Southold Town Beach in Southold overlooks the Long Island Sound,...

Southold Town Beach in Southold overlooks the Long Island Sound, Thursday, Oct. 15, 2015. Credit: Randee Daddona

Now that the federal government has approved the dumping of some 20 million cubic yards of dredge spoils into the eastern end of Long Island Sound, it’s time for New York State to follow through on the promise it made:

Sue the feds.

That’s what Gov. Andrew M. Cuomo said in August the state would do if the Environmental Protection Agency gave its OK to this ill-advised plan. And that’s what the state says it will do as soon as it’s legally possible. Many Long Island elected officials from both parties at all levels of government are with him on this. And they’re right.

The Army Corps of Engineers has been dumping dredge spoils from Connecticut’s harbors and waterways into the Sound for decades, but permits for two of the four sites expire on Dec. 31. The Corps says the other two cannot handle the volume — a conclusion disputed by two New York agencies — so it’s opening a third site off Fishers Island, an area the feds themselves have designated as an essential fish habitat. It’s in Connecticut waters, but pollution travels, and the Sound is just as important to New York in terms of recreation and commerce.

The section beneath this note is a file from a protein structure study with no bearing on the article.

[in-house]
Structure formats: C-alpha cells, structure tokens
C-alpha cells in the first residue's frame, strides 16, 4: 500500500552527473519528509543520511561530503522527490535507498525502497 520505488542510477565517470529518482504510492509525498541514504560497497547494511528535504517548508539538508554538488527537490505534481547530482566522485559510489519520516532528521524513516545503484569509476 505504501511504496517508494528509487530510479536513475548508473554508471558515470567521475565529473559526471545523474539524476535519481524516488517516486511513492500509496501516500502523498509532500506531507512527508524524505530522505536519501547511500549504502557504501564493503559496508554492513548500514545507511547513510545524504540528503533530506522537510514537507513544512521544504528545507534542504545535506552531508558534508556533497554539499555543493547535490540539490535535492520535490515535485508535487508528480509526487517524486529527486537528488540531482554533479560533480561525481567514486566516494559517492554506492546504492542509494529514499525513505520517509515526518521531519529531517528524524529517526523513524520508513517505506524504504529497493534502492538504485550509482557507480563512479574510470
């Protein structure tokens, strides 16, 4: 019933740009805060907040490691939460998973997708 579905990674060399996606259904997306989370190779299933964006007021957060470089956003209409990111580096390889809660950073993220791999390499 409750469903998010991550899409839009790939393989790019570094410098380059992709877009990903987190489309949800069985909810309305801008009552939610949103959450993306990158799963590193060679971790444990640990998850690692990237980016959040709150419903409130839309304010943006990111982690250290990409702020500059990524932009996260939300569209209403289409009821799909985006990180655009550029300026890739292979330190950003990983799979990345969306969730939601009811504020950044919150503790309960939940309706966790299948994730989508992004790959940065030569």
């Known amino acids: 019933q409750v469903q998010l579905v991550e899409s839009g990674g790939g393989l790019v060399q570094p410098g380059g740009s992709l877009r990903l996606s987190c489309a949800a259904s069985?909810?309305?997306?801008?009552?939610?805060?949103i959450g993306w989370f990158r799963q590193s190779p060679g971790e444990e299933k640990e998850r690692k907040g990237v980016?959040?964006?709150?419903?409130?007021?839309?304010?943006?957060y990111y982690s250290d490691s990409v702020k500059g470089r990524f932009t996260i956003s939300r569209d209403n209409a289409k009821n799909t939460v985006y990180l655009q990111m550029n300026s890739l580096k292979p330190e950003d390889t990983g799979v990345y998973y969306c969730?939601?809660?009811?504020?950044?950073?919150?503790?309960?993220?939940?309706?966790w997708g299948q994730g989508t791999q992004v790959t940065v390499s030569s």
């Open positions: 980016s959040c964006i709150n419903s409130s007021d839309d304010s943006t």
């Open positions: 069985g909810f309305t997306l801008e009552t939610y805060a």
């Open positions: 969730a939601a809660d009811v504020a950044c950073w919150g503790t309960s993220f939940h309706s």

Sediment is tested before it’s dumped, but there are no guarantees that any material in large volumes is totally clean; traces of pesticides, heavy metals and other toxins will likely be there, and small amounts add up. Even clean material consumes oxygen, blocks sunlight and kills organisms on the ocean floor.

The dumping should be phased out, and the Corps should move to alternatives already being used elsewhere. And if that takes a lawsuit, see you in court. — The editorial board